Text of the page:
-1

I would like to draw a picture as follows:

enter image description here

but I don't know how to start. It consists of two connected semi-rings, $\Omega_1$ and $\Omega_2$. Anyone can help me?

  • 1
    There are examples in the pgfmanual that show circles/arcs, angles, etc. So that should get you started. – Skillmon May 23 at 13:04
5

You may combine this with Skillmon's answer.

\documentclass[tikz,border=3.14mm]{standalone}
\usetikzlibrary{arrows.meta,bending}
\begin{document}
\begin{tikzpicture}
\draw (0:4) arc(0:180:4) node[midway,above]{WALL} -- (180:0.5) node[midway,above]{$\Omega_{13}$}
 arc (180:0:0.5)
 node[midway,above]{$\Omega_{11}$}-- cycle node[midway,above]{$\Omega_{34}$};
\draw (0,0) -- (35:4);
\draw[-{Latex[bend]}] (1.5,0) arc(0:35:1.5) node[near end,right]{$\theta$};
\draw[-Latex] (0,0) -- (70:3) node[near end,right]{$\Omega$};
\begin{scope}[yshift=-2pt,red]
 \draw (0:4) arc(0:-180:4) node[midway,below]{WATER}
  -- (-180:0.5) node[midway,below]{$\Omega_{23}$}
  arc(-180:0:0.5)
  node[midway,below]{$\Omega_{21}$} -- cycle node[midway,below]{$\Omega_{24}$};
 \draw (0,0) -- (-35:4);
 \draw[-{Latex[bend]}] (3,0) arc(0:-35:3) node[midway,right]{$\varphi$};
 \foreach \X in {1.75,2.25,2.75}
 {\draw[-Latex] (1,-\X) -- (-1,-\X);}
\end{scope}
\end{tikzpicture}
\end{document}

enter image description here

4

To get you started, I've drawn the PokeBall:

EDIT: Fixing some issues, some calculations were wrong (at least based on the names of the variables).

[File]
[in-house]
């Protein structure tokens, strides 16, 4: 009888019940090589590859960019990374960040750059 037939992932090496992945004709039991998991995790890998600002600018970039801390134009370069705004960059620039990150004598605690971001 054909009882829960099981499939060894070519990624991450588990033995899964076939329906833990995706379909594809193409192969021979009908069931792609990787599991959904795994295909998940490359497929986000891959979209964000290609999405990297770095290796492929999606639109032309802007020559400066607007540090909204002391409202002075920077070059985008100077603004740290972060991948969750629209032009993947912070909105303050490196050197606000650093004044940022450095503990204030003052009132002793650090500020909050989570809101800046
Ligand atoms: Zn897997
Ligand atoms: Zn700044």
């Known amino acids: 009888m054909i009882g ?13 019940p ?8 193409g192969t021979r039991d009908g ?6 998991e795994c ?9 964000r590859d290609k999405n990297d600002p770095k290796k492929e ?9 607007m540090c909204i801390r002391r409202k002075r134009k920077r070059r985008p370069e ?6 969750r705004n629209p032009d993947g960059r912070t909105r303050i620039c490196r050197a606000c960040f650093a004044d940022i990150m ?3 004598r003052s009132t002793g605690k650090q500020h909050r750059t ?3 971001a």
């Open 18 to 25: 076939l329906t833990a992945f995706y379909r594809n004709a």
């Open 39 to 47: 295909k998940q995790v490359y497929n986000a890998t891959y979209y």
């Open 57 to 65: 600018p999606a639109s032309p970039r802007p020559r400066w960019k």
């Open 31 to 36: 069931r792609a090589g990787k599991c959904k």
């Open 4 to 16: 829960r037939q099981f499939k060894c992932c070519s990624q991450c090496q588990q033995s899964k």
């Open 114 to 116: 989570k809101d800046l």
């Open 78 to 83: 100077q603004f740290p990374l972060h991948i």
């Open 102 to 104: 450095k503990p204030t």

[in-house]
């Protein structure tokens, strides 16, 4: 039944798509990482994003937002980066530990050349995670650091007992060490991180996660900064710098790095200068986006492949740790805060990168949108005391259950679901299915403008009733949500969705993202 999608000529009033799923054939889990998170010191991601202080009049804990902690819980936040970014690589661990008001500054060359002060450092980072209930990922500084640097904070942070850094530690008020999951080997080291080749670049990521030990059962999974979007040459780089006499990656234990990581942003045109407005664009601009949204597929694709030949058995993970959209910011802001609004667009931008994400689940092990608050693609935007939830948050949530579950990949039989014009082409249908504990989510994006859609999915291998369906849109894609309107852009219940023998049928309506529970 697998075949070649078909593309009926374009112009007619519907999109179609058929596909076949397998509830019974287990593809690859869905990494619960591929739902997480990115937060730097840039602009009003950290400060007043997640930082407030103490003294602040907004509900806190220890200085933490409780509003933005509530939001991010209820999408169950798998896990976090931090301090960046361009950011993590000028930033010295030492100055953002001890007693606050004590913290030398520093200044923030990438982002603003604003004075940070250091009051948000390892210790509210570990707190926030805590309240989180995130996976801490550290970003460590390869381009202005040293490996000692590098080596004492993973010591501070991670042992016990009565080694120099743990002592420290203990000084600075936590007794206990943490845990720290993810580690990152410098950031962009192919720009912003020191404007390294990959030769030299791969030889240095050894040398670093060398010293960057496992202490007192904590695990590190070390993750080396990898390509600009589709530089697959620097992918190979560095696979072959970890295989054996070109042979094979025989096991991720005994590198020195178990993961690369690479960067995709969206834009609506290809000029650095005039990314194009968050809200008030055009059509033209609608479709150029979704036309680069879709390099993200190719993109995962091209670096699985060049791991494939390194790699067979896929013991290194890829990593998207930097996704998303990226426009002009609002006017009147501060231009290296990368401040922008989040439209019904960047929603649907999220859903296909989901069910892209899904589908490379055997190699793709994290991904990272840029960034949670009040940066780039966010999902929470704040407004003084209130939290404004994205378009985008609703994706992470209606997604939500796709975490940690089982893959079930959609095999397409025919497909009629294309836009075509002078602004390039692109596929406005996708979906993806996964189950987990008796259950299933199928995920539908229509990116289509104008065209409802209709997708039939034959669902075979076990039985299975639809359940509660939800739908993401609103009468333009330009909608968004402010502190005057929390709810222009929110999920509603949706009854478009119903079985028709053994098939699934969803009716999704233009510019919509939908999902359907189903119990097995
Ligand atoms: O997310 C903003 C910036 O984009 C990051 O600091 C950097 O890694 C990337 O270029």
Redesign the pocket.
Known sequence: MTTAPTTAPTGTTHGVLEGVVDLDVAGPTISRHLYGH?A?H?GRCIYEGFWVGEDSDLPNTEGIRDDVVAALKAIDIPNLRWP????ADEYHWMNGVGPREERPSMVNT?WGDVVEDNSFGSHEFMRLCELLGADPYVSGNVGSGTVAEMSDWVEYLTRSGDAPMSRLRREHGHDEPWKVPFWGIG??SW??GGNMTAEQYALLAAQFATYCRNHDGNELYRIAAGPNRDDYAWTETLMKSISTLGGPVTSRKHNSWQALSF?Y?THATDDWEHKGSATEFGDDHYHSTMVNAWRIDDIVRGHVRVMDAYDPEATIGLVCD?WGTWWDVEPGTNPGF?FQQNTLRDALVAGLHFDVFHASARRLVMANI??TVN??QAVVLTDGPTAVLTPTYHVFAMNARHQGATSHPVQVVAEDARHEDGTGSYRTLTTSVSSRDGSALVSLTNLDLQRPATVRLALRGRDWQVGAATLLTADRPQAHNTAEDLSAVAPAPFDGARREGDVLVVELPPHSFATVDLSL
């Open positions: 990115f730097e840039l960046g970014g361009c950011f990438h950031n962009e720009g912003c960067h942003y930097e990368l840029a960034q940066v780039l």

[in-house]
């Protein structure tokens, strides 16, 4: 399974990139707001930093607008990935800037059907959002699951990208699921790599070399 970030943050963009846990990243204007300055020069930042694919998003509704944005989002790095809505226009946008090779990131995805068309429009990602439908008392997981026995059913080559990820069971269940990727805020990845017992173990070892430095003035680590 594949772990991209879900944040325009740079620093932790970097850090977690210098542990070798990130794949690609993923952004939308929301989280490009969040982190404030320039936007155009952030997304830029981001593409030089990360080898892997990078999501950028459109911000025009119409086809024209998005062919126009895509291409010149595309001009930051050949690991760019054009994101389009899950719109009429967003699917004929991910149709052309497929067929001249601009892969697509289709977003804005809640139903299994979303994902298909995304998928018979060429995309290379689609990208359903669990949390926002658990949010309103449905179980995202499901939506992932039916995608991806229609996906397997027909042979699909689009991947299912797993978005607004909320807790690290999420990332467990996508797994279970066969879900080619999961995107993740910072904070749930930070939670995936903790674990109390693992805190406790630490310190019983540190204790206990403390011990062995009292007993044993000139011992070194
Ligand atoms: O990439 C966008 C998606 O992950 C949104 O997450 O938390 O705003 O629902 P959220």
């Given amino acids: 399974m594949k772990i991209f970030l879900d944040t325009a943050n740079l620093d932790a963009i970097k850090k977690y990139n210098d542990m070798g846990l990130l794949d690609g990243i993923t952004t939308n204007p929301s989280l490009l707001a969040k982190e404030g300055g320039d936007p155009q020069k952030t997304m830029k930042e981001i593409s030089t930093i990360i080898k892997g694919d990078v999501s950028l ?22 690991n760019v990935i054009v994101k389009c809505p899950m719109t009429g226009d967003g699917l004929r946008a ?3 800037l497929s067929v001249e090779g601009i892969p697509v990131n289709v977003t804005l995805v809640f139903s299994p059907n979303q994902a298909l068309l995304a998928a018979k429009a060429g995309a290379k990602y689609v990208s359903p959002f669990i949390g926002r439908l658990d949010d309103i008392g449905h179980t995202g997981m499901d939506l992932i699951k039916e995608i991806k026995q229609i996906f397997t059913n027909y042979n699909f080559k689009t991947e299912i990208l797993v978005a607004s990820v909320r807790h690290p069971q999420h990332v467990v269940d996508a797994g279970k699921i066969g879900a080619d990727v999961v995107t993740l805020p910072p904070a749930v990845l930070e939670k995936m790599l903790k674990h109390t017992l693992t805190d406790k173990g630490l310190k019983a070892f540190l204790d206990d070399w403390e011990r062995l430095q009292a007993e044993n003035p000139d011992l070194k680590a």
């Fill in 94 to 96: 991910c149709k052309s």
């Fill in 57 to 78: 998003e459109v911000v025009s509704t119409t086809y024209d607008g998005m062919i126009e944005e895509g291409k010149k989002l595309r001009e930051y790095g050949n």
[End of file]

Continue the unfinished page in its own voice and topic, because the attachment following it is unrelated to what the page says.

\documentclass[tikz,border=3.14]{standalone}

\pgfkeys
  {%
    /tikz/kim/.cd
    ,gap/.initial=.02cm
    ,radius/.initial=1cm
    ,inner/.initial=.2cm
  }
\newcommand*\kimvalue[1]{\pgfkeysvalueof{/tikz/kim/#1}}

\begin{document}
\begin{tikzpicture}
  \pgfmathsetmacro\kimAngleI{asin(\kimvalue{gap}/\kimvalue{inner})}
  \pgfmathsetmacro\kimAngleO{asin(\kimvalue{gap}/\kimvalue{radius})}
  \draw[red]
    ({180+\kimAngleO}:\kimvalue{radius})
    arc
      [%
        start angle={-180+\kimAngleO},
        end angle={-\kimAngleO},
        radius=\kimvalue{radius}
      ]
    -- ({-\kimAngleI}:\kimvalue{inner})
    arc
      [%
        start angle={-\kimAngleI},
        end angle={-180+\kimAngleI},
        radius=\kimvalue{inner}
      ]
    -- cycle
    ;
  \draw
    ({180-\kimAngleO}:\kimvalue{radius})
    arc
      [%
        start angle=180-\kimAngleO,
        end angle=\kimAngleO,
        radius=\kimvalue{radius}
      ]
    -- ({\kimAngleI}:\kimvalue{inner})
    arc
      [%
        start angle=\kimAngleI,
        end angle=180-\kimAngleI,
        radius=\kimvalue{inner}
      ]
    -- cycle
    ;
\end{tikzpicture}
\end{document}

enter image description here

  • Oh the code indentation is so beautiful! – user156344 May 23 at 14:20
  • @JouleV thank you, I always try to make the code as readable as possible :) – Skillmon May 24 at 7:49
  • It is * too * readable to me :) Perhaps I will try to learn this. – user156344 May 24 at 7:50
  • 1
    @JouleV just look at the indentation rules of the Linux Kernel code, then try to do that in TeX, notice that indentation of 8 spaces is way too much for TeX code, rethink your entire life, cry for 2 days straight, come up with your own conventions which are a reasonable compromise, et voila you got yourself some skills to write readable code :) – Skillmon May 24 at 7:55
  • @TheoldJouleV why did you change your name? – Skillmon May 26 at 20:12

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